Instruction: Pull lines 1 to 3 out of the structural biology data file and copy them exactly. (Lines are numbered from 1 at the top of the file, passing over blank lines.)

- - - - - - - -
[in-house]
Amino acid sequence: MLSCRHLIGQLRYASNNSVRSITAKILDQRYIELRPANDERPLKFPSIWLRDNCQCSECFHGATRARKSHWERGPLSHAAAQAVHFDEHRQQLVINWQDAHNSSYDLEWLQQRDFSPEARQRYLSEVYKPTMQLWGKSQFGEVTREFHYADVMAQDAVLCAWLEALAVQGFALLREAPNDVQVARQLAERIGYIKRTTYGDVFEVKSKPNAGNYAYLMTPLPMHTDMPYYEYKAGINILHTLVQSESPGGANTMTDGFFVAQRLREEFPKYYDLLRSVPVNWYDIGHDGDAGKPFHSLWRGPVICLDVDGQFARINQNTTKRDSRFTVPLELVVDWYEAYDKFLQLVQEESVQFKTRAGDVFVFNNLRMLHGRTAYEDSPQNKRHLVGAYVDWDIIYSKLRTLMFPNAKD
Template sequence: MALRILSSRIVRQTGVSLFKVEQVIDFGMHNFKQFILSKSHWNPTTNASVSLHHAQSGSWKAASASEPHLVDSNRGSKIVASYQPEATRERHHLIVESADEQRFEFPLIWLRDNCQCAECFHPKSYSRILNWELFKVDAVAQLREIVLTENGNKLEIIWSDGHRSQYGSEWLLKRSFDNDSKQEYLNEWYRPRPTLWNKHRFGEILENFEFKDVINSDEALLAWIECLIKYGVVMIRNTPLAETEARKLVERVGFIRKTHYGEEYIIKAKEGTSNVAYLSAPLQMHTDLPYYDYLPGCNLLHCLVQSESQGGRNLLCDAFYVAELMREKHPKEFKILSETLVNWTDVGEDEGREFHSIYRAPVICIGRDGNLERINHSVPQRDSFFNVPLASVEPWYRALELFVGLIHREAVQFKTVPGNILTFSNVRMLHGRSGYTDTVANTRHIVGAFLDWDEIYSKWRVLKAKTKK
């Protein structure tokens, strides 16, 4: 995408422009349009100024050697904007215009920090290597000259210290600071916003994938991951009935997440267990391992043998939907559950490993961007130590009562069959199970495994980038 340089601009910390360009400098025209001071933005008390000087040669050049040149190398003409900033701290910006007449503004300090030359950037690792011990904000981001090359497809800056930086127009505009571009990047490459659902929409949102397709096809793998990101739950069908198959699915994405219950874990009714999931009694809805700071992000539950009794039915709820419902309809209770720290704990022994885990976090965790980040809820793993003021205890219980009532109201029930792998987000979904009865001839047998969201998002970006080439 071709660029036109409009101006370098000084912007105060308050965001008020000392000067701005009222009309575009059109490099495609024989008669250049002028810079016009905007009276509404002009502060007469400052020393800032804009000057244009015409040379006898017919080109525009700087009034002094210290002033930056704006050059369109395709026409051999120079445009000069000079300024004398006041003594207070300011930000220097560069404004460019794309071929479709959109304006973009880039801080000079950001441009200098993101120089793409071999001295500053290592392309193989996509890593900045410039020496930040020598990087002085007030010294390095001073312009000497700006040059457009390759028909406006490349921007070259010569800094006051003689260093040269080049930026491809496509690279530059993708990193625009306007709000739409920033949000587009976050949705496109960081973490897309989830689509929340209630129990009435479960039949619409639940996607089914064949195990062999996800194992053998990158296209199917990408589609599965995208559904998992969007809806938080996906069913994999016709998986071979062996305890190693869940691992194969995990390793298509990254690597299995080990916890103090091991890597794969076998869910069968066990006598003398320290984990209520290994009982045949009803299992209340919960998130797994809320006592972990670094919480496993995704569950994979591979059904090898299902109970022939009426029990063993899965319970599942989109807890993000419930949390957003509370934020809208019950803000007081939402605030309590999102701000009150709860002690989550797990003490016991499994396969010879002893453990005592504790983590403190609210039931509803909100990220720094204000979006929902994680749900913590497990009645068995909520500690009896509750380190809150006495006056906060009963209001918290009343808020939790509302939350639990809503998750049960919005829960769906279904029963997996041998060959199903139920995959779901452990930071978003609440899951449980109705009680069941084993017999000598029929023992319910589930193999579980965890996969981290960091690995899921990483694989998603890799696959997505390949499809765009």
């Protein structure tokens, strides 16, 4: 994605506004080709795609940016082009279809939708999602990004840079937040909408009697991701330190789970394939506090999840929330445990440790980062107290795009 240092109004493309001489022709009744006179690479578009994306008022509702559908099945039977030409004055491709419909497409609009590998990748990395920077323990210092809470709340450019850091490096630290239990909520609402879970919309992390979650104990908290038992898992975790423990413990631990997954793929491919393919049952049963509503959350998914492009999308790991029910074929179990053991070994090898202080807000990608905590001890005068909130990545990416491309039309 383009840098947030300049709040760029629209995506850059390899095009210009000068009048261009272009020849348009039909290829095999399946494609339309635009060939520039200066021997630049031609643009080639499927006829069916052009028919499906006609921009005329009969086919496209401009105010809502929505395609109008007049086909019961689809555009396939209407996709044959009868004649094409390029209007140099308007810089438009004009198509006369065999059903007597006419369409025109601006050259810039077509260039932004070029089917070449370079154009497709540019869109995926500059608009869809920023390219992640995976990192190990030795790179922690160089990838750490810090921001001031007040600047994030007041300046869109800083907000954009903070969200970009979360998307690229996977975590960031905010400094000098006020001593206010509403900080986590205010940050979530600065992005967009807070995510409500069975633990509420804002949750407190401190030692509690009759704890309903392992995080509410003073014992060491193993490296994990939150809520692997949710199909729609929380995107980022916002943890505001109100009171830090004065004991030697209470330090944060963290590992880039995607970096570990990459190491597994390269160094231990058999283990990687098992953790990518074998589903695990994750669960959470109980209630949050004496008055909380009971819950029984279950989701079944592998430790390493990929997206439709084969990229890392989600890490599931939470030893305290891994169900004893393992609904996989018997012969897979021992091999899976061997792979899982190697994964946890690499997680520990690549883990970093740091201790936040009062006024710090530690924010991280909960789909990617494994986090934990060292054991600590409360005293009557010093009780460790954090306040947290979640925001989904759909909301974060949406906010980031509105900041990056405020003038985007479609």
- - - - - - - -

[in-house]
Amino acid sequence: MLSCRHLIGQLRYASNNSVRSITAKILDQRYIELRPANDERPLKFPSIWLRDNCQCSECFHGATRARKSHWERGPLSHAAAQAVHFDEHRQQLVINWQDAHNSSYDLEWLQQRDFSPEARQRYLSEVYKPTMQLWGKSQFGEVTREFHYADVMAQDAVLCAWLEALAVQGFALLREAPNDVQVARQLAERIGYIKRTTYGDVFEVKSKPNAGNYAYLMTPLPMHTDMPYYEYKAGINILHTLVQSESPGGANTMTDGFFVAQRLREEFPKYYDLLRSVPVNWYDIGHDGDAGKPFHSLWRGPVICLDVDGQFARINQNTTKRDSRFTVPLELVVDWYEAYDKFLQLVQEESVQFKTRAGDVFVFNNLRMLHGRTAYEDSPQNKRHLVGAYVDWDIIYSKLRTLMFPNAKD
Template sequence: MALRILSSRIVRQTGVSLFKVEQVIDFGMHNFKQFILSKSHWNPTTNASVSLHHAQSGSWKAASASEPHLVDSNRGSKIVASYQPEATRERHHLIVESADEQRFEFPLIWLRDNCQCAECFHPKSYSRILNWELFKVDAVAQLREIVLTENGNKLEIIWSDGHRSQYGSEWLLKRSFDNDSKQEYLNEWYRPRPTLWNKHRFGEILENFEFKDVINSDEALLAWIECLIKYGVVMIRNTPLAETEARKLVERVGFIRKTHYGEEYIIKAKEGTSNVAYLSAPLQMHTDLPYYDYLPGCNLLHCLVQSESQGGRNLLCDAFYVAELMREKHPKEFKILSETLVNWTDVGEDEGREFHSIYRAPVICIGRDGNLERINHSVPQRDSFFNVPLASVEPWYRALELFVGLIHREAVQFKTVPGNILTFSNVRMLHGRSGYTDTVANTRHIVGAFLDWDEIYSKWRVLKAKTKK